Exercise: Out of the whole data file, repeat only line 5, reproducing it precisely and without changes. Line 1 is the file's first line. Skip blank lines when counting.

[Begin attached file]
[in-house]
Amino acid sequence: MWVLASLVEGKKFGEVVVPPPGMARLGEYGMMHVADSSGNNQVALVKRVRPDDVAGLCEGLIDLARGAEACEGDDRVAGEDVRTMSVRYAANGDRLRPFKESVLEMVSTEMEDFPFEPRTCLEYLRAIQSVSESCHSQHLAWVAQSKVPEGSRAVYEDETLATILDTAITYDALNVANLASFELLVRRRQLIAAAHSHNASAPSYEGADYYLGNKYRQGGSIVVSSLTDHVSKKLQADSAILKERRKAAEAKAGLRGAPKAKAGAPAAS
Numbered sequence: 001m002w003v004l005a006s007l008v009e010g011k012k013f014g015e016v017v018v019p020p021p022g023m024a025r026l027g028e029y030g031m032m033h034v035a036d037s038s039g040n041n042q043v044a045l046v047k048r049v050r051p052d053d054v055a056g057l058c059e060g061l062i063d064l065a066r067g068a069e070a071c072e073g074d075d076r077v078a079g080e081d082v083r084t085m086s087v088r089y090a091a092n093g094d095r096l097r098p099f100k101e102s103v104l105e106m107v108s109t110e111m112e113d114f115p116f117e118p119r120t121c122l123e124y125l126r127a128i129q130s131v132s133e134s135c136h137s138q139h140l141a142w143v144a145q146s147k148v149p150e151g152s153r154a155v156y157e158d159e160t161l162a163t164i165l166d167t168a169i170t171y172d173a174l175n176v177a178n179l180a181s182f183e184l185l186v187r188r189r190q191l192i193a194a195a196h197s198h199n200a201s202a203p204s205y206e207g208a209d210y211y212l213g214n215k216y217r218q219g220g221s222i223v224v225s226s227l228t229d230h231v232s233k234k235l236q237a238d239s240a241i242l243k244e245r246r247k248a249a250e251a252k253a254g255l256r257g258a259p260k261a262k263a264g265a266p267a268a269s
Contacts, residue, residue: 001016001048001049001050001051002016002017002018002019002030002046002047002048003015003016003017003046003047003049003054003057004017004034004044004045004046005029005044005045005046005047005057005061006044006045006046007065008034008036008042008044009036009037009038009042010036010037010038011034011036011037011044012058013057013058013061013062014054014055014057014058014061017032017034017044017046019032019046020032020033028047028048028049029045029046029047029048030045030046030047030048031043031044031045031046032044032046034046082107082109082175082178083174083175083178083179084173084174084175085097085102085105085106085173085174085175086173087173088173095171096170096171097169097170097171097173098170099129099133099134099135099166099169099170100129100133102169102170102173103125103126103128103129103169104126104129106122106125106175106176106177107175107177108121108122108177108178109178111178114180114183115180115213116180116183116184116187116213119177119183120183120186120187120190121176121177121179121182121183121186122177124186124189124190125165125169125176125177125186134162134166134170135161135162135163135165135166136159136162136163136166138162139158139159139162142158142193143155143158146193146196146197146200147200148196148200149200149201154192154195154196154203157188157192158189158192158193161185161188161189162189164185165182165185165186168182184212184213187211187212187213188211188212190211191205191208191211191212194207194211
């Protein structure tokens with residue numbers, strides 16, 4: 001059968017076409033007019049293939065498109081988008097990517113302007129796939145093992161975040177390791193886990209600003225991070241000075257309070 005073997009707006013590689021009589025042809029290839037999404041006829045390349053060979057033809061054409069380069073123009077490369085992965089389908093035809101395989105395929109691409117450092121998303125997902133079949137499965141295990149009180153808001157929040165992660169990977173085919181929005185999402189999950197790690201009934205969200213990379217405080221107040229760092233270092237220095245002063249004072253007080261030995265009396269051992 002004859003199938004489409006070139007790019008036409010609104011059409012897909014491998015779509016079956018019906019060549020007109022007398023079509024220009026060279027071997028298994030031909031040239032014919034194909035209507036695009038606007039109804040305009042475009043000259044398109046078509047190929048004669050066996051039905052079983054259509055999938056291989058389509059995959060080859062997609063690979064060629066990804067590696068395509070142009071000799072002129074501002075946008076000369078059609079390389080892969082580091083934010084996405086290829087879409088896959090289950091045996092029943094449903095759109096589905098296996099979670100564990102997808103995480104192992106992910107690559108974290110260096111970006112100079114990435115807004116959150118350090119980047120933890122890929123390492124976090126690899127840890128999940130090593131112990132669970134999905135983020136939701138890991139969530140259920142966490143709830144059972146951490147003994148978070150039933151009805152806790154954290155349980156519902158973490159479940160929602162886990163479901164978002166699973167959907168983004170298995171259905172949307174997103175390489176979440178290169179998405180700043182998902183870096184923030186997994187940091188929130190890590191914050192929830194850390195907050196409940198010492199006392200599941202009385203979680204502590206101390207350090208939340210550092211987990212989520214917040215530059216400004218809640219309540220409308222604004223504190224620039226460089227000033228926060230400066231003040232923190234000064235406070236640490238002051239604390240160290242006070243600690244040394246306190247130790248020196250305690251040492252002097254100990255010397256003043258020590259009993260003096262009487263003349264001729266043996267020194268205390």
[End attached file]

């Protein structure tokens with residue numbers, strides 16, 4: 001059968017076409033007019049293939065498109081988008097990517113302007129796939145093992161975040177390791193886990209600003225991070241000075257309070 005073997009707006013590689021009589025042809029290839037999404041006829045390349053060979057033809061054409069380069073123009077490369085992965089389908093035809101395989105395929109691409117450092121998303125997902133079949137499965141295990149009180153808001157929040165992660169990977173085919181929005185999402189999950197790690201009934205969200213990379217405080221107040229760092233270092237220095245002063249004072253007080261030995265009396269051992 002004859003199938004489409006070139007790019008036409010609104011059409012897909014491998015779509016079956018019906019060549020007109022007398023079509024220009026060279027071997028298994030031909031040239032014919034194909035209507036695009038606007039109804040305009042475009043000259044398109046078509047190929048004669050066996051039905052079983054259509055999938056291989058389509059995959060080859062997609063690979064060629066990804067590696068395509070142009071000799072002129074501002075946008076000369078059609079390389080892969082580091083934010084996405086290829087879409088896959090289950091045996092029943094449903095759109096589905098296996099979670100564990102997808103995480104192992106992910107690559108974290110260096111970006112100079114990435115807004116959150118350090119980047120933890122890929123390492124976090126690899127840890128999940130090593131112990132669970134999905135983020136939701138890991139969530140259920142966490143709830144059972146951490147003994148978070150039933151009805152806790154954290155349980156519902158973490159479940160929602162886990163479901164978002166699973167959907168983004170298995171259905172949307174997103175390489176979440178290169179998405180700043182998902183870096184923030186997994187940091188929130190890590191914050192929830194850390195907050196409940198010492199006392200599941202009385203979680204502590206101390207350090208939340210550092211987990212989520214917040215530059216400004218809640219309540220409308222604004223504190224620039226460089227000033228926060230400066231003040232923190234000064235406070236640490238002051239604390240160290242006070243600690244040394246306190247130790248020196250305690251040492252002097254100990255010397256003043258020590259009993260003096262009487263003349264001729266043996267020194268205390």